How often do you think about the Roman Empire? According to TikTok, if you’re a man, it’s anything from twice a week to several times a day. Whether or not there’s anything in that claim, this book makes twice a week look like rookie numbers.
The Blind Seer and the Gift of Love, part of The Day of the Labyrinth series, is a historical novel set in the Roman Empire, but isn’t about it. Yes, Mitchell demonstrates a detailed understanding of the history and archaeo-sociology of Rome, but his story is of resistance and prophetic witness in contradiction to empire – Roman or otherwise.
And while it fits into the genre of historical fiction, it could also be called epic fantasy. It concerns dynasties and trans-national struggles, both political and spiritual, and features literal angels and seers.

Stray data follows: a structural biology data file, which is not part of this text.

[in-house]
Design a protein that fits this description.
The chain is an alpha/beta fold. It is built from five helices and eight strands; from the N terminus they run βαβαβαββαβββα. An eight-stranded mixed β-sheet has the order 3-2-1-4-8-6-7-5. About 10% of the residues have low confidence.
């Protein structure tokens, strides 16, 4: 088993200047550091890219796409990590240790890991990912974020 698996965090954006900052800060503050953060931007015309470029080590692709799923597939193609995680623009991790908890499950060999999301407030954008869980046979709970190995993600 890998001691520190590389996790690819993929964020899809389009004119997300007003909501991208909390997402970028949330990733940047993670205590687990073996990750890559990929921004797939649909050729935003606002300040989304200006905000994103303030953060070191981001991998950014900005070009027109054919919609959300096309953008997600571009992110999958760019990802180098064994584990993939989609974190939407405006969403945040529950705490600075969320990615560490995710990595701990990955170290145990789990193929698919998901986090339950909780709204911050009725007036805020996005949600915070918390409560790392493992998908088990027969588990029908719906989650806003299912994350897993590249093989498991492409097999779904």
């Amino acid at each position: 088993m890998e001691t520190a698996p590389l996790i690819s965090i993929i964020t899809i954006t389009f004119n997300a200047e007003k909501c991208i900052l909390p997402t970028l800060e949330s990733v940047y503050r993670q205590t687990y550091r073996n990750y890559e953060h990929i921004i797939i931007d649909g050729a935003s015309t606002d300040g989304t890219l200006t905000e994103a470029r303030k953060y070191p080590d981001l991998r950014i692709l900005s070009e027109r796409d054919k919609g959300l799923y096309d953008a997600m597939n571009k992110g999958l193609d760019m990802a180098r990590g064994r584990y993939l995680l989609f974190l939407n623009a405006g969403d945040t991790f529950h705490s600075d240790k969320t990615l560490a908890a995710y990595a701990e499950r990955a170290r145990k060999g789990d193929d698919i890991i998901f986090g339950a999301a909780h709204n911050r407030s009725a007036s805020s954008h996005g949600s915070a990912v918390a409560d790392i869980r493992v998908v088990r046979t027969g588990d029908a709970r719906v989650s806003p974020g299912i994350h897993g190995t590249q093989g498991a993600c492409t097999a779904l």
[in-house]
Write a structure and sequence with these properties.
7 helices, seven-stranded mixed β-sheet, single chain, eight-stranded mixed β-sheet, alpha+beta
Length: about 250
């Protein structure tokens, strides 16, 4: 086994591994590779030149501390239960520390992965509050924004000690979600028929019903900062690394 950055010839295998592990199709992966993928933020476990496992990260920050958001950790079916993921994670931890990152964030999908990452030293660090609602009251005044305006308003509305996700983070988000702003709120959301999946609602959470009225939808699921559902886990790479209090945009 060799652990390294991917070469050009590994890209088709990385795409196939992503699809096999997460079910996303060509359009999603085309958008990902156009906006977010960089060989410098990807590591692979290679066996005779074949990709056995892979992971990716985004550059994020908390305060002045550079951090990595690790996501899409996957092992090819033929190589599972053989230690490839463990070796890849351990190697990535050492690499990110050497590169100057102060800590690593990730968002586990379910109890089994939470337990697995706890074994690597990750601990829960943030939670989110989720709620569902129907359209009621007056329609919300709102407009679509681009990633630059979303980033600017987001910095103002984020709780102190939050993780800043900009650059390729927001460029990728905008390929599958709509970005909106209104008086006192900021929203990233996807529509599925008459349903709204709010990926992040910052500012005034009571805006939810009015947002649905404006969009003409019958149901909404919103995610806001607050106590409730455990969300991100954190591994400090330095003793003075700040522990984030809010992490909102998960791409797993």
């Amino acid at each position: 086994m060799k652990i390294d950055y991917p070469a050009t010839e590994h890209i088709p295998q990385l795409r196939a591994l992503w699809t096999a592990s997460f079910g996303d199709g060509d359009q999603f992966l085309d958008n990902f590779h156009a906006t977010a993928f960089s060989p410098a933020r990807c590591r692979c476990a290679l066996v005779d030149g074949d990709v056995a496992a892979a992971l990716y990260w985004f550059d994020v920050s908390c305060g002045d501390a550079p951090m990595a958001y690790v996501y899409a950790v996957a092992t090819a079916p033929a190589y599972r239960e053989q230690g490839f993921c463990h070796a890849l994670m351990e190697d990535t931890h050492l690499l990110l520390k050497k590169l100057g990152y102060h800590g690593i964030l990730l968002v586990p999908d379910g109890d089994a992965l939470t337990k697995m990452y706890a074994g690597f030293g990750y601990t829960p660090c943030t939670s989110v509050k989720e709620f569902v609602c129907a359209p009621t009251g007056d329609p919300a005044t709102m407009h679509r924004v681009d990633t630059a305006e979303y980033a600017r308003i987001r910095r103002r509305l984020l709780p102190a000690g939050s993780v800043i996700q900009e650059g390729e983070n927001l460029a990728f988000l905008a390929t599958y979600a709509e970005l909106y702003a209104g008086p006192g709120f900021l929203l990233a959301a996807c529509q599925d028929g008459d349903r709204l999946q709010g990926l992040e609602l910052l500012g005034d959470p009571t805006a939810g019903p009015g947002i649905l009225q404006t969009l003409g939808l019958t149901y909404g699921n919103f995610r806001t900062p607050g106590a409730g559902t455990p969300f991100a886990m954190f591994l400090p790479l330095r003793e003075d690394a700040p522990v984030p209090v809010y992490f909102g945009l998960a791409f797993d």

This is the fictionalised story of Saint Eusébie (the title’s ‘blind seer’) and her spiritual forebears, heirs, associates and enemies, among them saints (in the Catholic sense), soldiers and at least one emperor. But really, it’s the story of the Church in the third and fourth century AD, a spiritual movement that challenged the morality and hierarchy of the Roman Empire by preferring love, inclusion and equality over self-seeking power, imperial class structures and violence.
Be warned that the book contains a lot of violence (though not gratuitous or graphic). Persecution, in this novel, comes more often as a result of challenging unjust social structures than from proclamation. Some things, it seems, never change.